Abusable Colorless Creatures:

Repeatable Bounce:


Unblockable Enablers:

We'll want to get as many creatures down as quickly as we can. Card draw and other card advantage effects are valuable.

Draw/Card Advantage:

Changes to the Existing Cards

I would consider cutting way down on the amount of ramp. Mana dorks get the deck running early, but they don't have any synergy with the core effects. I suspect that's what was leaving you feeling like you had a dead hand.

Cards that seem particularly problematic:

  • Wild Cantor . Requires a sac for effect. Doesn't get cost reduction. A dork that taps for mana would be better.
  • Tinder Wall . Same as Wild Cantor sans the cost reduction bit.
  • Vivid Creek and Vivid Crag . These both ETB tapped, don't have basic land types, and only provide off-color mana twice. If would strongly consider running Amonkhet cycling duals over these.
  • Ancient Ziggurat . Be careful, as this mana can only be used for casting creature spells. I don't like this land in most decks.
  • Bond Beetle . I have no idea why this is in here. It works once and has very little synergy with the deck. Verdurous Gearhulk would be better, but still not great.
  • Green Sun's Zenith . I think a cheaper card that tutored to hand and then let you cast the card would be better, as you'd get the cost reduction effect and other synergies. No cards come to mind, but there are lots that look at the top X cards and tutor to hand ( Gift of the Gargantuan , etc.).

Caerwyn on Guilds of Ravnica: Spoilers and ...

1 year ago

Prerelease was an absolute blast--perhaps the most fun I've had at a prerelease ever. There were lots of different decks being run, so I never had the same exact matchup twice.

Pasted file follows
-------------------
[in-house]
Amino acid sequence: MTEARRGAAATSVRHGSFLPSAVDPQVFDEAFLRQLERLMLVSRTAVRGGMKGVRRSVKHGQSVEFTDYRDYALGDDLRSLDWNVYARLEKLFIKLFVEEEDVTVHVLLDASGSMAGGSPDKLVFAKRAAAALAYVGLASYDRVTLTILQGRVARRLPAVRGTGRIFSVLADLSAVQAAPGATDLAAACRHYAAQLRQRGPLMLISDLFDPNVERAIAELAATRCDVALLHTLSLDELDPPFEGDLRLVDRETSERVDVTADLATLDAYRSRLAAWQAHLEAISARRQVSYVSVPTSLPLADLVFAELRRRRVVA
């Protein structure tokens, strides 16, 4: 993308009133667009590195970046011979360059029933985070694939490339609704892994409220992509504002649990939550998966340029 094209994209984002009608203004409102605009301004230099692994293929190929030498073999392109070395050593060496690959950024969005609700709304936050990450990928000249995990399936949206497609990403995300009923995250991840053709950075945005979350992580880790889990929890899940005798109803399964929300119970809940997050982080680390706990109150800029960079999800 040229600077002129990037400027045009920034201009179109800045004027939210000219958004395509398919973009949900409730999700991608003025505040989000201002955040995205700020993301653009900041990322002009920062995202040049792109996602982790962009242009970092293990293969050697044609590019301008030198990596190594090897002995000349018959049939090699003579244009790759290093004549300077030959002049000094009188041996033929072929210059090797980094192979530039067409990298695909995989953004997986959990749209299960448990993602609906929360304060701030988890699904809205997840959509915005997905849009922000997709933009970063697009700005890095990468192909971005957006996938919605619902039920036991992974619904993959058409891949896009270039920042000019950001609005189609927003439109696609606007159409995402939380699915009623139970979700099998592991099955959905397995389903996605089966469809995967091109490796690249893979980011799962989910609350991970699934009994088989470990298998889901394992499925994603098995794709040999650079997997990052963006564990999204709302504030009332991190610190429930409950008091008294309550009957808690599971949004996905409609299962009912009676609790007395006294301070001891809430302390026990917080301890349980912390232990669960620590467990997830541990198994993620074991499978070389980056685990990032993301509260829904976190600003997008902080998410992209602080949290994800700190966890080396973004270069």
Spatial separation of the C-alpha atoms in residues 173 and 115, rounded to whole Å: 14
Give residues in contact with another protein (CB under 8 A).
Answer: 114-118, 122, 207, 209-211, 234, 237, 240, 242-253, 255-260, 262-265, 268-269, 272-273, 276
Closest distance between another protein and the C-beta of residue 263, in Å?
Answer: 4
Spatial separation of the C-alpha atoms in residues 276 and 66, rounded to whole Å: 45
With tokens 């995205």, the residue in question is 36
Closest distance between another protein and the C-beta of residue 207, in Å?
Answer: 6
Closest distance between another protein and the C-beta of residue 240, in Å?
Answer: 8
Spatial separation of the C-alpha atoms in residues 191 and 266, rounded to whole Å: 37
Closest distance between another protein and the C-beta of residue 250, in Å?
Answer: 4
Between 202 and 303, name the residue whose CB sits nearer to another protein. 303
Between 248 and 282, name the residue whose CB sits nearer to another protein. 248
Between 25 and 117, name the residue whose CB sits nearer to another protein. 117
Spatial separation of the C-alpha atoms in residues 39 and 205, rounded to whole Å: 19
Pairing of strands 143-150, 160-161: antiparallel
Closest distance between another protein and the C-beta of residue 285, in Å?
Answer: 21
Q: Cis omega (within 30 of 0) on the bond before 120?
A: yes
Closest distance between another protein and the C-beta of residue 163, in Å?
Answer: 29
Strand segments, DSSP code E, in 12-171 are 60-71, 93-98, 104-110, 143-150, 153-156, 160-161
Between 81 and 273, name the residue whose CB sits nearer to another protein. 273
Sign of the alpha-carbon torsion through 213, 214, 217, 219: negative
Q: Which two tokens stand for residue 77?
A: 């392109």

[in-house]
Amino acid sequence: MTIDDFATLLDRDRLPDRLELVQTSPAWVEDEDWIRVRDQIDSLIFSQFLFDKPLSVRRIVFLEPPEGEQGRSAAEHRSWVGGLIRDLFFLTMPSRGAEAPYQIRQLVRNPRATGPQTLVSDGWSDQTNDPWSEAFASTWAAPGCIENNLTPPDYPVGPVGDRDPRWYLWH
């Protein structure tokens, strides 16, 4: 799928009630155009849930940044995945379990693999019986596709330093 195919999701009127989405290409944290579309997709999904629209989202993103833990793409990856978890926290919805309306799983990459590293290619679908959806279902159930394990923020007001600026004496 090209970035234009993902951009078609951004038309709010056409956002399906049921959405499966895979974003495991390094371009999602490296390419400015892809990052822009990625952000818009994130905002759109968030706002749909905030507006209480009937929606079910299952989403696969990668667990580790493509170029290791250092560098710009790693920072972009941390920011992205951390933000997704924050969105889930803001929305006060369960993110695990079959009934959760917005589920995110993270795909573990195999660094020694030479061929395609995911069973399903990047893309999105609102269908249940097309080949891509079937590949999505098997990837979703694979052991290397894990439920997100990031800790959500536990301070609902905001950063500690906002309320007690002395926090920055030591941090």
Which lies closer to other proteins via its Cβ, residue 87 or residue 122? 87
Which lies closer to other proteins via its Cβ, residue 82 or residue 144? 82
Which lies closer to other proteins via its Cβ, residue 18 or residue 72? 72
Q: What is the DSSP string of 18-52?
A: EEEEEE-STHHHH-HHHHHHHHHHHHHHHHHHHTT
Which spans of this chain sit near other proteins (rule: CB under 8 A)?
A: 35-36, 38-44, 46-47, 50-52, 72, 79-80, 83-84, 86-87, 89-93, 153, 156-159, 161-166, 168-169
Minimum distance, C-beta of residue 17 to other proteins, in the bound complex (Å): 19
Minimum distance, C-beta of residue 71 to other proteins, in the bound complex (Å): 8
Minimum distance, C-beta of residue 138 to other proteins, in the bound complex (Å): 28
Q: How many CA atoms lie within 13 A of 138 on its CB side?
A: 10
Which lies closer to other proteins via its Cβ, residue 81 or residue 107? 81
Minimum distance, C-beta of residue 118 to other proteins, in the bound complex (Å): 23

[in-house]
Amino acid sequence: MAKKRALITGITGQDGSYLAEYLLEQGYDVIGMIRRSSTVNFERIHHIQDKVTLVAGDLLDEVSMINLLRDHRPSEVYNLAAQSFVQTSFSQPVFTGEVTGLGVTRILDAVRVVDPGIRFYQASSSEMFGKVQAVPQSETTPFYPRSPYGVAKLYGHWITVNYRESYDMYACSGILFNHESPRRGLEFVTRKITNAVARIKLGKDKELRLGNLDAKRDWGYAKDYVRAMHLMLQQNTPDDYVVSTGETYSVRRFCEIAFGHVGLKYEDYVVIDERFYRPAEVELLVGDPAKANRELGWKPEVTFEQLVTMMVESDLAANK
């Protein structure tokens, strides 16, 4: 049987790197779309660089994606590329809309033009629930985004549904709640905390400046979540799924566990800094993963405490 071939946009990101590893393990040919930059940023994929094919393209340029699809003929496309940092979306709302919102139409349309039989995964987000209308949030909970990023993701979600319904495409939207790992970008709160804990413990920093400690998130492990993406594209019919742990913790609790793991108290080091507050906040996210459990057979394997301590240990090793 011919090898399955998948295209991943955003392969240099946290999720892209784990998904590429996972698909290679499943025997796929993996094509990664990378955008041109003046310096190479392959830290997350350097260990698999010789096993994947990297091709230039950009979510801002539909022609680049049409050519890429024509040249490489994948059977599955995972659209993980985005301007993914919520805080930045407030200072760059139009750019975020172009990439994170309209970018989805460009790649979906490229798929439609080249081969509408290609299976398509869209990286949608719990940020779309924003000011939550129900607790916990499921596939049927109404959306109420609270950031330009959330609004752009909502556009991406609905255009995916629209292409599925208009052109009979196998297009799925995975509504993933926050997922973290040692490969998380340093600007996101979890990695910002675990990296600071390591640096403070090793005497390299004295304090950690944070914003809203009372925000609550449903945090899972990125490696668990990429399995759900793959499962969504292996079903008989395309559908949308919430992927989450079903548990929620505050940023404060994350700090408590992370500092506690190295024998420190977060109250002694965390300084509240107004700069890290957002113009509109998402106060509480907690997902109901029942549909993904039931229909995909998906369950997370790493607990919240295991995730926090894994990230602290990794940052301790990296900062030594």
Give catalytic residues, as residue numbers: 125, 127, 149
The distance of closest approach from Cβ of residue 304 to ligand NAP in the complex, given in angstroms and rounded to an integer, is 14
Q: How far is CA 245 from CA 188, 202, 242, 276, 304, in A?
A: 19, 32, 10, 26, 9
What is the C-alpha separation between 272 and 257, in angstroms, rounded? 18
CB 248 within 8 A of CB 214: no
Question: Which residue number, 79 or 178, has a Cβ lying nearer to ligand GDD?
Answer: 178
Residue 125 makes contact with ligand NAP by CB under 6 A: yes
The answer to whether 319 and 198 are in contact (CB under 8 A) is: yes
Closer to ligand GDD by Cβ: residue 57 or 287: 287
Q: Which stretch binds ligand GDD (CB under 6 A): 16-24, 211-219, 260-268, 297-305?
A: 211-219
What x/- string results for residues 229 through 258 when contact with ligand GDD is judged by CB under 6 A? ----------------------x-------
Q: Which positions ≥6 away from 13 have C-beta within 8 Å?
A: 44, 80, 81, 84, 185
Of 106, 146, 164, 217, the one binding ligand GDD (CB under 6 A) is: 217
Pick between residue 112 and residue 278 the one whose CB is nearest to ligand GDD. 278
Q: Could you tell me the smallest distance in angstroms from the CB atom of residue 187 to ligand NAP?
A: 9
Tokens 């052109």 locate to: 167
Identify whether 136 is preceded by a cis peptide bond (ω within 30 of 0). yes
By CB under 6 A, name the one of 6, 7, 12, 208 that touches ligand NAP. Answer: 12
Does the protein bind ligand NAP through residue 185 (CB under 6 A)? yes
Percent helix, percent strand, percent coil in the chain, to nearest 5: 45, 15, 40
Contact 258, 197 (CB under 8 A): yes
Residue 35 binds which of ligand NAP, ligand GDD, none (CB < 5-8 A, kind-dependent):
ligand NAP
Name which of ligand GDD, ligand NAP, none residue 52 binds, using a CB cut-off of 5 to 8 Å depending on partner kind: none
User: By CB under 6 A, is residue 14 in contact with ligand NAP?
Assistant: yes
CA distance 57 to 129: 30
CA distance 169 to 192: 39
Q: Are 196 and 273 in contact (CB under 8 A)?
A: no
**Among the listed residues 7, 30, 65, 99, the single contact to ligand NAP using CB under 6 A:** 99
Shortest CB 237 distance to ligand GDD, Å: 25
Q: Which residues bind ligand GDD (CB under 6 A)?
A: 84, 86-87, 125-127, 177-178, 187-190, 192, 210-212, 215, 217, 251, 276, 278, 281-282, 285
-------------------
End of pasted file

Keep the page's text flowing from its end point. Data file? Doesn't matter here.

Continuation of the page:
I was playing Dimir, and was incredibly lucky with my packs. I only had eleven worthwhile creatures, but three of those were Muse Drake, two Watcher in the Mist, and a number of other assorted flying creatures. With three copies of Artful Takedown to help protect me and three copies of Notion Rain to dig for my very few creatures, I could easily locate and play my myriad fliers, going over top of my opponents. Ended up going 3-1-0, with the draw against Golgari Control--I was low on creatures and had almost milled myself, so I think I would have lost that match had there been another 4 or so turns.

Fun as surveil shenanigans were to play, I think most of my success was based on luck--I was the only Dimir player that seemed to be having any success.

The few people playing Izzet seemed to all be disappointed in their decks. I've found spellslinging decks to be pretty mediocre in prerelease, and that seemed to be the case here as well.

Selesnya did not seem as good as I expected it to be--there's a lot of removal floating about in this set, and large creatures did not work well with it. My girlfriend played this guild, and had a pretty decent selection of cards, but nothing overly exciting. I think it is a very "safe" guild to pick--there's lots of decent cards, so you're pretty much guaranteed to have something playable. I played against one person who splashed into Abzan for removal, and that worked pretty well for them.

Golgari had some really fun cards, but not enough of them. Ochran Assassin was a powerhouse at many tables, removing a creature and helping punch through damage. The one time an opponent used it against me, I had Passwall Adept in play--they were pretty upset that I kept making their creature unblockable so I could freely stop their other creatures.

At least two people were running Underrealm Lich to great effect. I had one game where someone pulled it, allowed them to mill their library while controlling with blocks/removal, and then hit their Lich with -2/-4 so they lost to mill on their draw. That was pretty fun, and checked "win via mill at prerelease" off my bucket list.

Boros with mentor was scary to play against. Besides being fast, there were enough inexpensive combat tricks that even blocking smaller creatures was dangerous if mana was open.

I think the lockets were way overvalued. Lots of people were using them just for card draw, and seven mana for two cards, even if spread over two turns, did not seem to work out well for anyone.

Overall, it was extremely fun--exactly what I was hoping for when they first announced another return to Ravnica. Can't wait for the next set. Orzhov and Azorius, here I come!